It’s not terrible, but it wound up being a little more plain than I anticipated.  I think I’ll try this again another night, with maybe a tres leches cake, or perhaps some other baked good, with other dipping sauces.  The look is good, but didn’t quite work with the poached pear.  No harm no foul.  This is what learning is all about!

We did manage to find one nifty idea.  Combining a bit of the Bento Box motif, I also used the mini bowls to serve some accompanying ice cream. I started thinning out the dulce de leche with a bit more cream to drizzle on the plate.  I started off with some curved lines, and wound making something of a crude eye motif.    


 The next time I go for this, I’ll definitely make the ‘eye lashes’ more uniformly curved. By the way, I dipped the poached pear back into the thickened poaching liquid in order to get a bit of it to ‘stick,’ so I was able to recreate the flavors of the full sized Bento Box from the picture above.  

I think you’ll find your dinner guests will like the idea of being able to dip their food at their leisure.  The mini bowl and the poached pear are stabilized by a dab of non-thinned dulce de leche. It’s an easy ‘cheat’ to help keep things from sliding around. Summer is here and it’s time to get back in the kitchen regularly so we’ll dust off the blog and kick this back up again with fresh ideas for you!

Enjoy your long holiday weekend with friends and family!



Color as an element of plating

I’ll admit it. I’m still troubled by not being able to seriously plate something more than a couple of ingredients in height. Keep trying, but not yet succeeding. There was a slightly different plan for this plating, and I tried to replicate something I saw in a restaurant in Malibu recently. That dish was seared ahi tuna on a bed of green beans, surrounded by a ‘moat’ of mashed potatoes.

That WAS the plan, but it didn’t work out quite the way it was intended. The GOOD news about the failure, is it provided an excellent opportunity to showcase how color contrast on a plate can lead to an eye-catching meal for you and your guests.

Tonight, we have a meal the GF & I cooked a couple of weekends ago. (Yes, the vertical plating thing has been bugging me a while) The meal was a turkey, feta cheese, and sun-dried tomato meatloaf with mashed sweet potatoes and a ginger/orange marmalade on the green beans.


The meal was as good as it looks. Wasn’t completely sure whether to add the gravy to the plate, for fear of covering up the beautiful colors featured in the meal. We have creamy white (cheese), red (tomatoes), green (beans), and orange (sweet potatoes) featured on the plate. It’s a great combination of color, and the palette really excites the palate.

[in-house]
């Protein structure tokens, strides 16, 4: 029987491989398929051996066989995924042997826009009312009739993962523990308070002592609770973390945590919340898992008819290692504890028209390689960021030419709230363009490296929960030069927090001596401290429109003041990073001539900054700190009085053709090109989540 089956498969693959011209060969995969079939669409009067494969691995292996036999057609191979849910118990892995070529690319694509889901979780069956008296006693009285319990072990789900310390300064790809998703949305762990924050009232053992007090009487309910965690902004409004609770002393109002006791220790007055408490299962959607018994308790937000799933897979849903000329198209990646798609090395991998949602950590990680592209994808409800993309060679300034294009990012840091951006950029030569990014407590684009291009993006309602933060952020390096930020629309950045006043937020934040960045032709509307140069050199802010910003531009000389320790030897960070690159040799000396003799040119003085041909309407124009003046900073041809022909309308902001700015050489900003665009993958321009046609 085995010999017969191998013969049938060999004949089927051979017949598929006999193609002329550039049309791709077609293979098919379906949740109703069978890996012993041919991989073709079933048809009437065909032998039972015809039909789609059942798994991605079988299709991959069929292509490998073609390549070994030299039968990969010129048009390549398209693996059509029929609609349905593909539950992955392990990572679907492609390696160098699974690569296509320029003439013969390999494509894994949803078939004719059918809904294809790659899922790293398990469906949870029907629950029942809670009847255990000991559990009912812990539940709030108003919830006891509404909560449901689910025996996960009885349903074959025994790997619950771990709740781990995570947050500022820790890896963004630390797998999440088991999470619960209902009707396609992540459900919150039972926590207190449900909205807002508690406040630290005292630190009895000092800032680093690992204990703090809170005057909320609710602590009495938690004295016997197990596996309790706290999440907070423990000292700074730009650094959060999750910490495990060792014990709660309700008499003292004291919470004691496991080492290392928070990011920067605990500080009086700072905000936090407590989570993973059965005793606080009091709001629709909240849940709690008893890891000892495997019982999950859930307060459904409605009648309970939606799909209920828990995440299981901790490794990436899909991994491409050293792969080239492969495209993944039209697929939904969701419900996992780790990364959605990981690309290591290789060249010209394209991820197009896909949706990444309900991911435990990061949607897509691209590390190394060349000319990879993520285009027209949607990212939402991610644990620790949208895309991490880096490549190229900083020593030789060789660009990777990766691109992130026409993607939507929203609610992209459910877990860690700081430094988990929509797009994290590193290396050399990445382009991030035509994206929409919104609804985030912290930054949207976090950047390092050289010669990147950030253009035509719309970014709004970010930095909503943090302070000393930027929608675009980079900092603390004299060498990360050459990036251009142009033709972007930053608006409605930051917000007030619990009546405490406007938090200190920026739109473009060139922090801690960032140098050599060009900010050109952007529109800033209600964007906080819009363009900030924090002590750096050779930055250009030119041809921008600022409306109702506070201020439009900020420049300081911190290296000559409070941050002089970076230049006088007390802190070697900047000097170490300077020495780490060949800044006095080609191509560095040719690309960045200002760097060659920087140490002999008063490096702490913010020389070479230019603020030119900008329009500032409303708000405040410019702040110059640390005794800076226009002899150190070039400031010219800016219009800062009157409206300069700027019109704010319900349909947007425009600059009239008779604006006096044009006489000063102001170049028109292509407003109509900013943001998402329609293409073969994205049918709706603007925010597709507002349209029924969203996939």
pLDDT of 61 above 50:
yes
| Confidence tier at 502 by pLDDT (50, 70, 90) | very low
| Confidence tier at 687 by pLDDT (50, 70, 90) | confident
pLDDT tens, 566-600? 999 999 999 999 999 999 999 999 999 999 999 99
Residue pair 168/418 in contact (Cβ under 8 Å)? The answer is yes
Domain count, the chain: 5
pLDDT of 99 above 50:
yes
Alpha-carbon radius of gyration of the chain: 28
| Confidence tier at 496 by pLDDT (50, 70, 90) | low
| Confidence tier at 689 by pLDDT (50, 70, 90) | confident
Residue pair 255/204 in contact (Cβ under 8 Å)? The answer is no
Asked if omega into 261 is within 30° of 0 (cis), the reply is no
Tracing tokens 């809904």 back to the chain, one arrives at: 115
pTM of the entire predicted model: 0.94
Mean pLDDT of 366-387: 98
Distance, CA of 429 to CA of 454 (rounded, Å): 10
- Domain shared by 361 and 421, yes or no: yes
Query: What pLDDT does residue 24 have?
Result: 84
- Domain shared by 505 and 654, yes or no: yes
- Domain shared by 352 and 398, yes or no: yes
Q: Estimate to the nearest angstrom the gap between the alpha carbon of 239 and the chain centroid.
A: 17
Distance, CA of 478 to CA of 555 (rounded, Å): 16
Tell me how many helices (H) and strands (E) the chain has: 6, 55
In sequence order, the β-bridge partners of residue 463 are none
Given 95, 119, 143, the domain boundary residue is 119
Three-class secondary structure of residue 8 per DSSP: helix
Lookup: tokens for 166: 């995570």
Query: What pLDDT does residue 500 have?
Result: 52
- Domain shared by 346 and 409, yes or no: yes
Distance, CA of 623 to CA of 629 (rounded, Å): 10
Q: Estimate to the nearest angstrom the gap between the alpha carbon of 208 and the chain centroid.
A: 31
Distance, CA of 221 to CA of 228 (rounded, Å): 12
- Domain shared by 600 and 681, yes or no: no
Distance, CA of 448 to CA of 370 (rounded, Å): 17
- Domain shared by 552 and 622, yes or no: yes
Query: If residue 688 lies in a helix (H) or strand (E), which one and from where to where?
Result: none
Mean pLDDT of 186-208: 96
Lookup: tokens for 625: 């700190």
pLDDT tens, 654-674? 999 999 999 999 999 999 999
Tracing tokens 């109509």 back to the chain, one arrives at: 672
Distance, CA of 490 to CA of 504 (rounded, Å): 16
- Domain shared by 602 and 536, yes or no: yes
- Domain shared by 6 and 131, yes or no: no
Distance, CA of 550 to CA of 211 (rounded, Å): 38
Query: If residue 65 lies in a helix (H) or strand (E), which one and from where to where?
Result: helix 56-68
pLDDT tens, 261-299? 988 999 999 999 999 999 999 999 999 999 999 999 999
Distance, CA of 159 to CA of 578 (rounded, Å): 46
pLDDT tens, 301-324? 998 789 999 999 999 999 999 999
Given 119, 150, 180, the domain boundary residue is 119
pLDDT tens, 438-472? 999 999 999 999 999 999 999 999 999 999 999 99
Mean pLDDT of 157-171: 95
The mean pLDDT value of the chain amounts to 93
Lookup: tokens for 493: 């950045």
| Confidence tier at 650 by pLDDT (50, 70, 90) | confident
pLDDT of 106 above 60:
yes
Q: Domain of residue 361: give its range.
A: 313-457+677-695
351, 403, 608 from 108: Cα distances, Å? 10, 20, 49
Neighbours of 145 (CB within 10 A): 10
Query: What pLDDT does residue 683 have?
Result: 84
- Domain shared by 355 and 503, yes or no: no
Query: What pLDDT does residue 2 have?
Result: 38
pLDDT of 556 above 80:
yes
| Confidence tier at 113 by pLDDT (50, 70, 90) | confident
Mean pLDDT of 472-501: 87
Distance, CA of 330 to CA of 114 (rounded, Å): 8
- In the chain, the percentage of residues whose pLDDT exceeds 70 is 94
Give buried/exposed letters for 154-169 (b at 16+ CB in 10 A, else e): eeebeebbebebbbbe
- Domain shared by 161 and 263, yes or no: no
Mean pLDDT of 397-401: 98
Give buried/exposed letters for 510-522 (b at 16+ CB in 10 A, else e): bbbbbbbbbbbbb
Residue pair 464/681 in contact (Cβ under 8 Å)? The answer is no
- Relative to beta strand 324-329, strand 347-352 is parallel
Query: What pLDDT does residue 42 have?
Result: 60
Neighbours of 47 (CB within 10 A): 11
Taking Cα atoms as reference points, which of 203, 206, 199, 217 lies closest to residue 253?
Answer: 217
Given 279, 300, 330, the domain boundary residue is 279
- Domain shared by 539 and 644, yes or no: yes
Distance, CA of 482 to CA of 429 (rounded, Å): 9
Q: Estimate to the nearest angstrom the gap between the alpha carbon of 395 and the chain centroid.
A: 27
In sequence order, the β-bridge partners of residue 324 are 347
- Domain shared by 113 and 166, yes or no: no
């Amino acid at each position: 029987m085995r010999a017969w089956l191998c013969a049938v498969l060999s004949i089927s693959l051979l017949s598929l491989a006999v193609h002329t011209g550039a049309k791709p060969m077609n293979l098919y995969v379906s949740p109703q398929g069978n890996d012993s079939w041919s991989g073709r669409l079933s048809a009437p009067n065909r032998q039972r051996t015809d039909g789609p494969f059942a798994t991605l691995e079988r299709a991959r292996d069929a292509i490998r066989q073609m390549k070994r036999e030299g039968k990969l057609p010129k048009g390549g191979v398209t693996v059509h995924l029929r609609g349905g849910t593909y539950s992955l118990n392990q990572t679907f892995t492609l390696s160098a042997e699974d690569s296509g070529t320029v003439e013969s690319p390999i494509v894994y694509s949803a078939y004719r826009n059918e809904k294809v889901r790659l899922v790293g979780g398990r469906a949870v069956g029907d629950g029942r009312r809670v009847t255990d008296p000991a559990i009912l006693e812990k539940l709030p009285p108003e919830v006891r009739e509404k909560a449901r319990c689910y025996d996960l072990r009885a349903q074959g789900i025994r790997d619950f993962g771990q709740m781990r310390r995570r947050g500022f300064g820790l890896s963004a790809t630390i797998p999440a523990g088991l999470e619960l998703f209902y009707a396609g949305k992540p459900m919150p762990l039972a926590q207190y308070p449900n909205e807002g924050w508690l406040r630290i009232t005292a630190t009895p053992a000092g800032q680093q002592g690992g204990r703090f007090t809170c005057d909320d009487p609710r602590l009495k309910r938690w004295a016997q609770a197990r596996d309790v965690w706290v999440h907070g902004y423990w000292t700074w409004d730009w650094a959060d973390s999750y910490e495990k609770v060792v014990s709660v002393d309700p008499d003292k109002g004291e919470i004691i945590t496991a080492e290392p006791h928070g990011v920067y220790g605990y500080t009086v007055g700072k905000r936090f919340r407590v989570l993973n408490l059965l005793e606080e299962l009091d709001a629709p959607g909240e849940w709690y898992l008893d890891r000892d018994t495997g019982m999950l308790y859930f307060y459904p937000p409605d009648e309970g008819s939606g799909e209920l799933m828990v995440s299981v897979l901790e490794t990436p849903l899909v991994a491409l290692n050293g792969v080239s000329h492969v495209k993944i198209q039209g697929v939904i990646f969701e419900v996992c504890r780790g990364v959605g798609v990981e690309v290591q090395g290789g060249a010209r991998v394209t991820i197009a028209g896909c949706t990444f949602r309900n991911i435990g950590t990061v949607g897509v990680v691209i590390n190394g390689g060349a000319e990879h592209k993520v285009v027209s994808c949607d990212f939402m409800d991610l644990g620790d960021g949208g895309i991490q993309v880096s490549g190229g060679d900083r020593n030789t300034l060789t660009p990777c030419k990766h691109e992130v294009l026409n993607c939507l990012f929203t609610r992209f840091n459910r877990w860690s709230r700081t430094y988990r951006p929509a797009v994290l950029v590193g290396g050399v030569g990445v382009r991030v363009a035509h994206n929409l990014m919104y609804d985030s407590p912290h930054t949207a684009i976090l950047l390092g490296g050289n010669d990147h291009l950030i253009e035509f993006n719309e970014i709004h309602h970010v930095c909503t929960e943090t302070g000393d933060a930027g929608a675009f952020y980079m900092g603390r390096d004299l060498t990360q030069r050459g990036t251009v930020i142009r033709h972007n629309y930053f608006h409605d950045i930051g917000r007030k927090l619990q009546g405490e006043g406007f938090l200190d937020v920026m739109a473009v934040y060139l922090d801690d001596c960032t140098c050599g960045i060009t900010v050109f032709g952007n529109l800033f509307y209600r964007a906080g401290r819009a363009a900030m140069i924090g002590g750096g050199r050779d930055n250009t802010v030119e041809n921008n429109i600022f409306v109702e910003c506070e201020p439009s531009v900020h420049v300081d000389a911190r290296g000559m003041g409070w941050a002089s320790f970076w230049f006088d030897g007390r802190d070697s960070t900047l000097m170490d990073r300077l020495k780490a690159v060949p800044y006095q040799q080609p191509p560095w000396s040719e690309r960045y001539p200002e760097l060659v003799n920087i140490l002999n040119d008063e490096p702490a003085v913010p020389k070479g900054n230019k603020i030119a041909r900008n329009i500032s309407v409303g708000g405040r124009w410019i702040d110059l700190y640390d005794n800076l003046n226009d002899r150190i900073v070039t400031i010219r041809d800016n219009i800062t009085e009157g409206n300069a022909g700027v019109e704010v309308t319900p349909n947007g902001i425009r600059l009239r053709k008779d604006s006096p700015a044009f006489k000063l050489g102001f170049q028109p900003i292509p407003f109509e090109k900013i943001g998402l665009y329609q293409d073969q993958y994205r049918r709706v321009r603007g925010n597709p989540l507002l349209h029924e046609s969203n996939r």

The fanciest tools can certainly make the plate ‘pop,’ as I often elude to with my use of molds, swirls, and such. But sometimes, it can be equally effective just to let the food speak plainly for itself. Seemed like a good idea to do just that since “PLan A” didn’t work out. “Plan B” sure did, though! Don’t worry, I’ll keep trying the vertical plating. Thinking the GF and I will try another tasty dessert next.

Get in your kitchen at least one night this busy week, and take the extra 30 seconds to plan how the food will look on your plate. Everyone enjoying your delicious food will thank you for it!



Essential Tools For Plating

You know, after this bit of a layoff in writing, I was planning to come back and discuss ‘vertical plating.’  From a plating standpoint, its really the key thing I don’t “do” well just yet.  Vertical plating is what the name implies: Your food is stacked, to some degree. I haven’t figured out how to do it consistently, so my efforts are only about 2 layers high, as seen below.


That’s the salmon with a homemade Thai chili sauce and the creamed broccoli/corn.  The salmon is served over a molded ’round’ of basmati rice, and thus, its vertical. What I can’t figure out is how Chef’s integrate multiple ingredients in a way that is, as my GF says, “artfully happenstance.”

This next example of vertical plating is so bad, its why I still started this post with the idea of plating. I won’t even tell you where it came from, mostly to protect the innocent.  Believe it or not, its a Caesar salad.


Okay, THAT’S lousy vertical plating.  I’m done, and its out of my system. Changing topics!